Only “Number Jesters” report 2Q economic growth at 4% pace
Economic revisions infuriate
While on the surface of it Wednesday’s economic news from Reuters, as reported by FOX Business, “U.S. Economy Grows at 4% Pace in 2Q,” seems positive, I am not holding my breath given the fact that early reports like this one have been revised downward time and time again. In the FOX piece they quote the Commerce Department as indicating on July 30that, “Gross domestic product expanded at a 4.0% annual rate as activity picked up broadly after shrinking at a revised 2.1% pace in the first quarter.”
How convenient it is that these latest numbers seem to offset the dismal contraction number of 2.9% from the first quarter, I’m sure it’s just a coincidence -- right?
As has been articulated by others, I suggest that if an economist or economists continue to miss the mark by under-forecasting economic growth and then back-pedal by saying the revised numbers were “unexpected,” they should disqualify themselves from being called economists.
“Number-Jesters” would seem to be more appropriate.
In a completely related article in USA Today, written by Paul Davidson also on July 30, “Economy heats up in Q2 after harsh winter,” the writer comments on all of the seemingly optimistic information put out by the Commerce Department as reported on by FOX Business, but ends the particularly “spun” article with the following:
“Bad weather has not been the only culprit [regarding sluggish economic growth so far this year]. Wage gains have barely kept pace with inflation, holding back consumer spending. And the pace of housing's recovery has fallen behind last year instead of accelerating as forecast. Many economists expect both wage increases and the housing market to pick up in the second half of the year.”
Who wouldn’t want to trust the forecasts of these “Numbers Jesters?” At least they acknowledged the falling housing “recovery.” And does anyone still believe it was bad weather that drove the bad economic number in the first quarter?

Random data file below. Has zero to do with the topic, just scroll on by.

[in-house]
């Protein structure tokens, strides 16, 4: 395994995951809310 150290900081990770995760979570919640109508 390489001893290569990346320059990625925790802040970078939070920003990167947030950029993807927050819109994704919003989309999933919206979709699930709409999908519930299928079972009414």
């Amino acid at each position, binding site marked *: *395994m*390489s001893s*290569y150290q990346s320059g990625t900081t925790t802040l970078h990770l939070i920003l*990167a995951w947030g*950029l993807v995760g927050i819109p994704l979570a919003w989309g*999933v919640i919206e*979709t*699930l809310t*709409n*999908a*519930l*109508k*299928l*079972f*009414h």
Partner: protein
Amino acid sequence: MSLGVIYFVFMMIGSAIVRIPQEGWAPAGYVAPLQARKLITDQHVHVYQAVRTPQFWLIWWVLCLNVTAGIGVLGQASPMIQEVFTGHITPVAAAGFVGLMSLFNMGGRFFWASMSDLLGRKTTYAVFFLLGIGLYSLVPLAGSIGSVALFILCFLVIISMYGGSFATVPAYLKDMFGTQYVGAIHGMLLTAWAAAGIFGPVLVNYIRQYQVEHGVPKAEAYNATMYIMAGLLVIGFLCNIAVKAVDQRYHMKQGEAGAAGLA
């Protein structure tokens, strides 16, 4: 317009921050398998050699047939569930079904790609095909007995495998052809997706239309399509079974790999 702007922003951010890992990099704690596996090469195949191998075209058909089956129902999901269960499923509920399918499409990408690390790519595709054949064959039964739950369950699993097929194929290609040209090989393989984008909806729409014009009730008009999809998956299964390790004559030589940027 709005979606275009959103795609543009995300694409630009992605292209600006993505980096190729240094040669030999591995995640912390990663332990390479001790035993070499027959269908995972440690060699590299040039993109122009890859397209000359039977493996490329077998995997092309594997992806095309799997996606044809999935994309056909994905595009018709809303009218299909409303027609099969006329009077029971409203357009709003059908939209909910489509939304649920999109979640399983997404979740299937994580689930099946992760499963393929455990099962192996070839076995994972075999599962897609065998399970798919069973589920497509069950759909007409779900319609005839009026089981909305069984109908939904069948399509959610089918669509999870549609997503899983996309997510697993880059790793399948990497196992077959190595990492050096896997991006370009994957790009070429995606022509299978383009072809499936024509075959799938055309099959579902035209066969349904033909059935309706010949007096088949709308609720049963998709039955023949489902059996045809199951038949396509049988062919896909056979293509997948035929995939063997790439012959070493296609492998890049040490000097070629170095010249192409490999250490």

It is also worth noting that within the FOX piece it was stated that “A separate report showing private employers added 218,000 jobs to their payrolls last month, a decline from June’s hefty [their description] gain of 281,000, did little to change perceptions the economy was strengthening.” What a shock, since, as we have said on numerous occasions, that these numbers are not impressive on the surface, let alone when scrutinized. After all, the vast majority of these jobs are either part-time or lower paying jobs that have little if any positive impact on the economy in general, nor the employees hired in particular.
And I loved reading this within FOX’s report: “Solid demand, which underscores the economy’s firming fundamentals, led to some pick-up in price pressures in the second quarter, a welcome development for Fed officials who have long worried about inflation being too low.”
I have a message for the Fed: HELLO! Millions of middle-class Americans DO NOT believe that inflation is too low! Have you been to the super market lately, people? But wait, there’s more, as stated in this same report, “A core price measure strips out food and energy costs at a 2% pace…” Well, add in food and energy and then tell us inflation is “too low.”
Relative to the housing “recovery” and foreclosure activity I offer the following observation: Amy G. Dix, broker and co-owner of The House Store, a successful Knoxville, Tennessee-based real estate company reports to me that REO assignments are on the rise.
“We have received one or two assignments each day over the past couple of weeks,” said Dix. “Some are coming from asset management companies that we hadn’t received assignments from in quite a while.”
While in West Palm Beach for an industry seminar recently I had the opportunity to visit with over 30 members of the National REO Brokers Association, who were among over 400 real estate professionals at the session. Most of the NRBA members also reported increased listing activity on REOs. This is, perhaps, only anecdotal evidence of a worsening housing market and general economy, but it is clear to me that the downturn that I and other industry observers are predicting may be closer than anyone thought.